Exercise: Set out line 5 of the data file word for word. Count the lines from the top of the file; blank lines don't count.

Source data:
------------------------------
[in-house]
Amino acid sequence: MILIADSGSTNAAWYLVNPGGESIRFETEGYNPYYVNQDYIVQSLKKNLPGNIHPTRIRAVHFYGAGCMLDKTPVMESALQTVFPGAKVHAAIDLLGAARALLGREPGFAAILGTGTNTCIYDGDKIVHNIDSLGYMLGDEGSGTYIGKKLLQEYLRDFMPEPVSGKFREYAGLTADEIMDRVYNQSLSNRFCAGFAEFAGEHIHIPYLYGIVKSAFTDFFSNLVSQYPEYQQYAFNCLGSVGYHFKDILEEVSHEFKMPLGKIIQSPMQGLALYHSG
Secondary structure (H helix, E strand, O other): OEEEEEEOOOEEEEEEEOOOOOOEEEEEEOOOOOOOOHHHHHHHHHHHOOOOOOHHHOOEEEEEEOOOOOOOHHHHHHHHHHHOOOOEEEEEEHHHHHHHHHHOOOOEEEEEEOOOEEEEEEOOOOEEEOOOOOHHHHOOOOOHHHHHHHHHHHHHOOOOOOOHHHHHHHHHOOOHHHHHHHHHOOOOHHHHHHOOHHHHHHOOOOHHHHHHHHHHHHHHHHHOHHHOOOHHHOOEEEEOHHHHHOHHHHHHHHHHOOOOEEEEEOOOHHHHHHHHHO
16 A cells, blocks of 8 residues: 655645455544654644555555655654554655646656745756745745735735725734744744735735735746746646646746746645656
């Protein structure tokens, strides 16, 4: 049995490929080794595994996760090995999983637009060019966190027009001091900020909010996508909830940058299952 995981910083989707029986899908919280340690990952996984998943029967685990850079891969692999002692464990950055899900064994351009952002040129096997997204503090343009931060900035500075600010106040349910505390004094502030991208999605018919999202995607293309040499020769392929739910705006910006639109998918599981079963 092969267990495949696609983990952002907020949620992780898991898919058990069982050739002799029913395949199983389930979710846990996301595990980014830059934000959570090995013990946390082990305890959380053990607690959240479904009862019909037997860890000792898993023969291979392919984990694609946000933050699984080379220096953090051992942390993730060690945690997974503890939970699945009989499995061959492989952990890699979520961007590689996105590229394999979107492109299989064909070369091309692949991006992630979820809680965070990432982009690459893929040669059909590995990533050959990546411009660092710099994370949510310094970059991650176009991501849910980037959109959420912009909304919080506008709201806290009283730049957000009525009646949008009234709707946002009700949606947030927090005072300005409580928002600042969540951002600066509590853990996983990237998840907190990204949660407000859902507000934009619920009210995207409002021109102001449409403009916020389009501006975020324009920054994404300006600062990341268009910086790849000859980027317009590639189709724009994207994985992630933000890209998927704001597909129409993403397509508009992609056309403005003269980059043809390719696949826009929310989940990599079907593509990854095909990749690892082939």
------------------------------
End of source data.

């Protein structure tokens, strides 16, 4: 049995490929080794595994996760090995999983637009060019966190027009001091900020909010996508909830940058299952 995981910083989707029986899908919280340690990952996984998943029967685990850079891969692999002692464990950055899900064994351009952002040129096997997204503090343009931060900035500075600010106040349910505390004094502030991208999605018919999202995607293309040499020769392929739910705006910006639109998918599981079963 092969267990495949696609983990952002907020949620992780898991898919058990069982050739002799029913395949199983389930979710846990996301595990980014830059934000959570090995013990946390082990305890959380053990607690959240479904009862019909037997860890000792898993023969291979392919984990694609946000933050699984080379220096953090051992942390993730060690945690997974503890939970699945009989499995061959492989952990890699979520961007590689996105590229394999979107492109299989064909070369091309692949991006992630979820809680965070990432982009690459893929040669059909590995990533050959990546411009660092710099994370949510310094970059991650176009991501849910980037959109959420912009909304919080506008709201806290009283730049957000009525009646949008009234709707946002009700949606947030927090005072300005409580928002600042969540951002600066509590853990996983990237998840907190990204949660407000859902507000934009619920009210995207409002021109102001449409403009916020389009501006975020324009920054994404300006600062990341268009910086790849000859980027317009590639189709724009994207994985992630933000890209998927704001597909129409993403397509508009992609056309403005003269980059043809390719696949826009929310989940990599079907593509990854095909990749690892082939």